comment# 12   - Robert · San Jose, California, USA · Oct 23, 2008 @ 12:09pm

Good project for a grade...but not in the real world of diving. Please design an elctric car that can go 500 miles and cost under 10,000.00 that everyone could possibly afford. And Charles....I liked my horsecollar...some things are better left alone...
   comment# 13   - Greg · Oakley, ca · Oct 26, 2008 @ 9:16am

Hello all, I'm one of the designers of this project. First of all, please understand that the person writing this article was not a diver and did not fully understand what the main idea of the project was. What is written is formed in the way so it sounds grand. We know that the diver does not put air in to the BCD in order to ascent and our device does not do that. In fact, it does the opposite. Our device allows a full manual control at any time. It was never intended to replace manual buoyancy control, but to aid the divers with it in the dangerous situations regarding ascent and descent rates. And whatever you may say, all divers no matter how experienced will be in a dangerous, life threatening situation underwater at some point in their lives. Another point, it is not air hungry. It monitors the change in depth constantly, but only regulates the amount of air in the BCD when the diver's ascent or descent rate is above a safe limit. It will use more air in the “constant depth” state, but it is only because it can not swim or breathe for you, thus it changes buoyancy of the diver to affect the depth. We think this function could be used during decompression stops at 5 meters. The device was intended to make diving a little safer and more enjoyable. Those people who think that 3 extra buttons will make the whole process too complex and that you can do without it- fine, no one is forcing this on you. I know that next time I’m going diving, I’m taking the device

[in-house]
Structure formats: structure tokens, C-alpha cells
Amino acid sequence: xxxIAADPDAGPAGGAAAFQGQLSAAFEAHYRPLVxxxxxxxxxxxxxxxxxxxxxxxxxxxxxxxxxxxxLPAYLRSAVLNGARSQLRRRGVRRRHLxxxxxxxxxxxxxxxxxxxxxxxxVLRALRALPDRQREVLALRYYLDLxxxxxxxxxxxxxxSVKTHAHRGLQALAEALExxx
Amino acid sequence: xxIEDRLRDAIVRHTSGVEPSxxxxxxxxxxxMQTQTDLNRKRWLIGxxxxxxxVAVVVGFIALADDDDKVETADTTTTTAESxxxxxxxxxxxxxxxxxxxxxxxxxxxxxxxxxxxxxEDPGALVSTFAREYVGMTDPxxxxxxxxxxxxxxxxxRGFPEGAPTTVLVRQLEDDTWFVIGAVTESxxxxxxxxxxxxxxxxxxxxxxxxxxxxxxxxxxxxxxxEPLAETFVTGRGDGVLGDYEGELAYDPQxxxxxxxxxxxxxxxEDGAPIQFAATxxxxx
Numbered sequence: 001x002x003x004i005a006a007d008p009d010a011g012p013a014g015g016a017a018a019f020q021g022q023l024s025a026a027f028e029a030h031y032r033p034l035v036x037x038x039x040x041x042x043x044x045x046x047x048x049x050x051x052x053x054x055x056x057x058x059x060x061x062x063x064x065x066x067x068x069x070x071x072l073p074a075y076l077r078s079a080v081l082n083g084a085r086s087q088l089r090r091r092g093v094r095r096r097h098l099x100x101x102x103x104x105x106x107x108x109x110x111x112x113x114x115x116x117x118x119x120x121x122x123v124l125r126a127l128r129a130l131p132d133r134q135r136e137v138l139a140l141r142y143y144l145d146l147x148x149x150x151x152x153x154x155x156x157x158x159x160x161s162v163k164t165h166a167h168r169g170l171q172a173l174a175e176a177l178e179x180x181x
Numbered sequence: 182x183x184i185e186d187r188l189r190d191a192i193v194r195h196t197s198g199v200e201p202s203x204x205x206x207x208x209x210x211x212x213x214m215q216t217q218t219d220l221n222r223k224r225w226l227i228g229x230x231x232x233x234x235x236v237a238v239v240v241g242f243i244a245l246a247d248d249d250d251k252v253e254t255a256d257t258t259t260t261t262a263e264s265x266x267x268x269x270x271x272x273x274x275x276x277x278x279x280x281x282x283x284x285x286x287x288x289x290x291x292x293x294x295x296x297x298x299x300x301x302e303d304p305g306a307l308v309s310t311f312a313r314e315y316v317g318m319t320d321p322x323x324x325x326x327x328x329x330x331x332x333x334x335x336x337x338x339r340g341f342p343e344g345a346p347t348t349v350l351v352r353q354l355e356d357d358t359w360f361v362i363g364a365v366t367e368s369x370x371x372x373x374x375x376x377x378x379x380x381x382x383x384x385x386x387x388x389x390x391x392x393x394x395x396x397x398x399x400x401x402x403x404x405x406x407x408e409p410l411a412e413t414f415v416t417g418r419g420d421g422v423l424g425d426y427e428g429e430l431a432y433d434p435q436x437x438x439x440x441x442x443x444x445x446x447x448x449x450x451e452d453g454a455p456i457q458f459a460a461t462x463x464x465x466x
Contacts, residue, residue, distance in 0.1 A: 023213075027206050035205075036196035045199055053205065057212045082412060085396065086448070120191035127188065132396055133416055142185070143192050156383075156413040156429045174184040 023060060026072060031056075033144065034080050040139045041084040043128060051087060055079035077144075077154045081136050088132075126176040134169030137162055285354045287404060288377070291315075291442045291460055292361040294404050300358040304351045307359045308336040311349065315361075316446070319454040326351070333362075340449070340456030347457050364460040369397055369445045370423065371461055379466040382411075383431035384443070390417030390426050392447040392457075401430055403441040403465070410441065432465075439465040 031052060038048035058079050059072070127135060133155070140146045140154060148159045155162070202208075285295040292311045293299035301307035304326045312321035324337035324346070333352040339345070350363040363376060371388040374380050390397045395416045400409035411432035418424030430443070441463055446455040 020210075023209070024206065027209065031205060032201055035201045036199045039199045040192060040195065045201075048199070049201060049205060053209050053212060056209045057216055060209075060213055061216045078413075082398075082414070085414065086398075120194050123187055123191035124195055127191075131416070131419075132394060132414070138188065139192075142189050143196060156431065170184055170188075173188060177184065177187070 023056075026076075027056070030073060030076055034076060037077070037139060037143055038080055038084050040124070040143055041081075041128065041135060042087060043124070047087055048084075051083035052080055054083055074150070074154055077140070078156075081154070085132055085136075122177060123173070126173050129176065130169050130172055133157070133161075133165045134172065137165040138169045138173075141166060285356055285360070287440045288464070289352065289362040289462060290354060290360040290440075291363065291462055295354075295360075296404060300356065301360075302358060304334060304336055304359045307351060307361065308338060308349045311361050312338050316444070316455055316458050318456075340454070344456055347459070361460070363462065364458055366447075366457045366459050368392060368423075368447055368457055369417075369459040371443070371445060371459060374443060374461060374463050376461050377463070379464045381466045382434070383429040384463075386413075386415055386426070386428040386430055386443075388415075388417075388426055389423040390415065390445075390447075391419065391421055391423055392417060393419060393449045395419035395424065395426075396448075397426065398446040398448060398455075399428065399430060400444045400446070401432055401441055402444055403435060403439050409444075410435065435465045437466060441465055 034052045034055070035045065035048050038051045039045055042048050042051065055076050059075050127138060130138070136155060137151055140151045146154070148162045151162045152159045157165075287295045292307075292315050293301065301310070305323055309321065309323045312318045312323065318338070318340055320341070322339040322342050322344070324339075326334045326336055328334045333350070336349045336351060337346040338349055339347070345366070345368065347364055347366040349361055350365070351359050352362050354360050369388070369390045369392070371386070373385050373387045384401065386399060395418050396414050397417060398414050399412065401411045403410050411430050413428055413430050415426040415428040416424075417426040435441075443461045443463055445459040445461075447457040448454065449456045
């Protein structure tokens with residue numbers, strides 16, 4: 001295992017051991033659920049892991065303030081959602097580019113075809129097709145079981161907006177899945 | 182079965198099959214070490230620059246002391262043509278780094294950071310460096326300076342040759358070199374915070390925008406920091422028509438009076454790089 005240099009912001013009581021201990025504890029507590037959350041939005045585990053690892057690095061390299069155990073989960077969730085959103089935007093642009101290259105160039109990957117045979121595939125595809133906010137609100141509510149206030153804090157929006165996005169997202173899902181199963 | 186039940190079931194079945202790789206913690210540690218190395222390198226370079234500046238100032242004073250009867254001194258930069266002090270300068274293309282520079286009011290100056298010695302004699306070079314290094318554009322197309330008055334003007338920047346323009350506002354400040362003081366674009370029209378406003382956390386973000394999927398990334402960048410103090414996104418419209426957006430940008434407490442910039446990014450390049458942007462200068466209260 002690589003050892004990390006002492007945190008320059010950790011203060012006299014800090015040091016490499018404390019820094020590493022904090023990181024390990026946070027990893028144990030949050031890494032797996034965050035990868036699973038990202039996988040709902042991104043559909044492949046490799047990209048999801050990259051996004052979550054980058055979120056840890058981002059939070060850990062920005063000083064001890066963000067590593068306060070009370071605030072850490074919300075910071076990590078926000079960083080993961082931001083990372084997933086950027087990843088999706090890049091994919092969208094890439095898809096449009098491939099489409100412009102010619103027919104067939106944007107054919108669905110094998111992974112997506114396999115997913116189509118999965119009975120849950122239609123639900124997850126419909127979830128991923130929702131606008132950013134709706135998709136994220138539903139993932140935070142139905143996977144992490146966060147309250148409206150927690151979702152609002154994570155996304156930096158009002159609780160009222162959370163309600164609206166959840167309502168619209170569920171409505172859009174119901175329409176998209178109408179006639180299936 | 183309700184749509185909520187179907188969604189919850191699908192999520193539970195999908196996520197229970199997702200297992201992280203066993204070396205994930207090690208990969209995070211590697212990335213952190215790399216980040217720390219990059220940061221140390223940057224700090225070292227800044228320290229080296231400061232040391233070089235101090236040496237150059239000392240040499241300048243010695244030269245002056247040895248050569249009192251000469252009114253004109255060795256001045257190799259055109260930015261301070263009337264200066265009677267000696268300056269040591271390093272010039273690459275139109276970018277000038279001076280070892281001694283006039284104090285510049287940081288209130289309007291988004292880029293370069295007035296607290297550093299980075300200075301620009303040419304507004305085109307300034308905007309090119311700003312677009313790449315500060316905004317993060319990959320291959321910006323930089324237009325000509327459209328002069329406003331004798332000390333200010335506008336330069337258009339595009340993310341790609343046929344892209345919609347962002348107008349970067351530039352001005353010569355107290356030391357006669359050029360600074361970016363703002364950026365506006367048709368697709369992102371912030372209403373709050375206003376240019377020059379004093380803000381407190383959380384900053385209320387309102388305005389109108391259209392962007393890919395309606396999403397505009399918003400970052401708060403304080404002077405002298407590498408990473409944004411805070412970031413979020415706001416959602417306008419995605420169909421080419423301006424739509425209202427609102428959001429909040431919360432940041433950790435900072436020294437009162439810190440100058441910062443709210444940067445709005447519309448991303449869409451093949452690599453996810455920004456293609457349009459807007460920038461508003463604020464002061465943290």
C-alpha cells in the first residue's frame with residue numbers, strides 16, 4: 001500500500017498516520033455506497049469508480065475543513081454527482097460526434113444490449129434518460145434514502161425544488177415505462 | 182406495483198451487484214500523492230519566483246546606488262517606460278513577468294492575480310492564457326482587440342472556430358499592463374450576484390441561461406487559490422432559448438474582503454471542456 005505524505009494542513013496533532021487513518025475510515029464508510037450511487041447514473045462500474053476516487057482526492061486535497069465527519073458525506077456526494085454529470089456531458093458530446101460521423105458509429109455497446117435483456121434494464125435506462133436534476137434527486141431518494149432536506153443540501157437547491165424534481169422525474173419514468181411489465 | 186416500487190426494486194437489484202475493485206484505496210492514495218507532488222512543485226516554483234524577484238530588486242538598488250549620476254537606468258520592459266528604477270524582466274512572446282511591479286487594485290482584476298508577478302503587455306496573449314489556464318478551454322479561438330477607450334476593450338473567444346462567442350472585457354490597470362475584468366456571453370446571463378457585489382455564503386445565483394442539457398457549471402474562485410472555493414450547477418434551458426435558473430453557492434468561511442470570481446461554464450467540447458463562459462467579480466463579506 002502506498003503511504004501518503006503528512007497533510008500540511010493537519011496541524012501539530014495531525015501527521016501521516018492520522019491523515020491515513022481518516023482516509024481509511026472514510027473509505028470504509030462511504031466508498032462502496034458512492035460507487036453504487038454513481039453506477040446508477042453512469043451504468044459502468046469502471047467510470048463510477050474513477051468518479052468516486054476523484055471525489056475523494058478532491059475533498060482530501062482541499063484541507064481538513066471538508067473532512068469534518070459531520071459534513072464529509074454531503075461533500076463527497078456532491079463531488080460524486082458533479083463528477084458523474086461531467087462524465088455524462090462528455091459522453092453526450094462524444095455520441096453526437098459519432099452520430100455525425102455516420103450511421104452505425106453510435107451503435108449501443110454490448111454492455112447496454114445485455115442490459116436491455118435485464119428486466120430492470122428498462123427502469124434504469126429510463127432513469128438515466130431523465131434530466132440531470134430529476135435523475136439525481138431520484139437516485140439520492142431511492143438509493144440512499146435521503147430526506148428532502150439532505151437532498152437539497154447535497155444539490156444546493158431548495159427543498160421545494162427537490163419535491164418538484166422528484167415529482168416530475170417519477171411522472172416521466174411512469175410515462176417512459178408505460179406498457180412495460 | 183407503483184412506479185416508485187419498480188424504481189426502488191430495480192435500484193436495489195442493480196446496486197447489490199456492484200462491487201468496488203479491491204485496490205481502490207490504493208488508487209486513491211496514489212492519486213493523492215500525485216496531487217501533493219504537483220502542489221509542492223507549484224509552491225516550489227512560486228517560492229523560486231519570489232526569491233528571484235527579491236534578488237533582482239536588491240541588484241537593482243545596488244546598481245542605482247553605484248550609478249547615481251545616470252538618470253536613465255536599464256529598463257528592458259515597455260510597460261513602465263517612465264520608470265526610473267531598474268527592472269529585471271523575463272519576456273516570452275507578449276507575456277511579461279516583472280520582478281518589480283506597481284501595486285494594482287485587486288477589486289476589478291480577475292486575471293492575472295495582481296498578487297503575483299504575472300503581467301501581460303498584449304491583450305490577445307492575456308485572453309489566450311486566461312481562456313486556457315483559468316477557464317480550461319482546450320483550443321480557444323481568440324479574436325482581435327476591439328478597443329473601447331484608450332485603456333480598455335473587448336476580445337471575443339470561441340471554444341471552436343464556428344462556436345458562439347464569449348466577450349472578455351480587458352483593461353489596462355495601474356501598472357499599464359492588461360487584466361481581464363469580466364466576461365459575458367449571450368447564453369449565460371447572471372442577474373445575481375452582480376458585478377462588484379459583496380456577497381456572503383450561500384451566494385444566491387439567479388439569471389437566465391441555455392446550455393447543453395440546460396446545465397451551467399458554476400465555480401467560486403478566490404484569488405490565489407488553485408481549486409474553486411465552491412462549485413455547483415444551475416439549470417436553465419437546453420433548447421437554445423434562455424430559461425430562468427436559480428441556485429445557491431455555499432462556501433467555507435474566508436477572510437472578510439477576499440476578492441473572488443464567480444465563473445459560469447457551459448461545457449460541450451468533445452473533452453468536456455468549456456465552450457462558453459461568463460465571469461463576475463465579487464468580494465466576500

comment# 14   - Anatoly Kudryashov · New Zealand · Nov 2, 2008 @ 4:12pm

Hi Anatoly, interesting to hear about your project, however please note that there is already a similar patented invention on such device. The item was developped by a German company (called Aquapilot) and the patent acquired by Mares. Please get in touch with us.
   comment# 15   - MARES · Italy · Nov 3, 2008 @ 8:44pm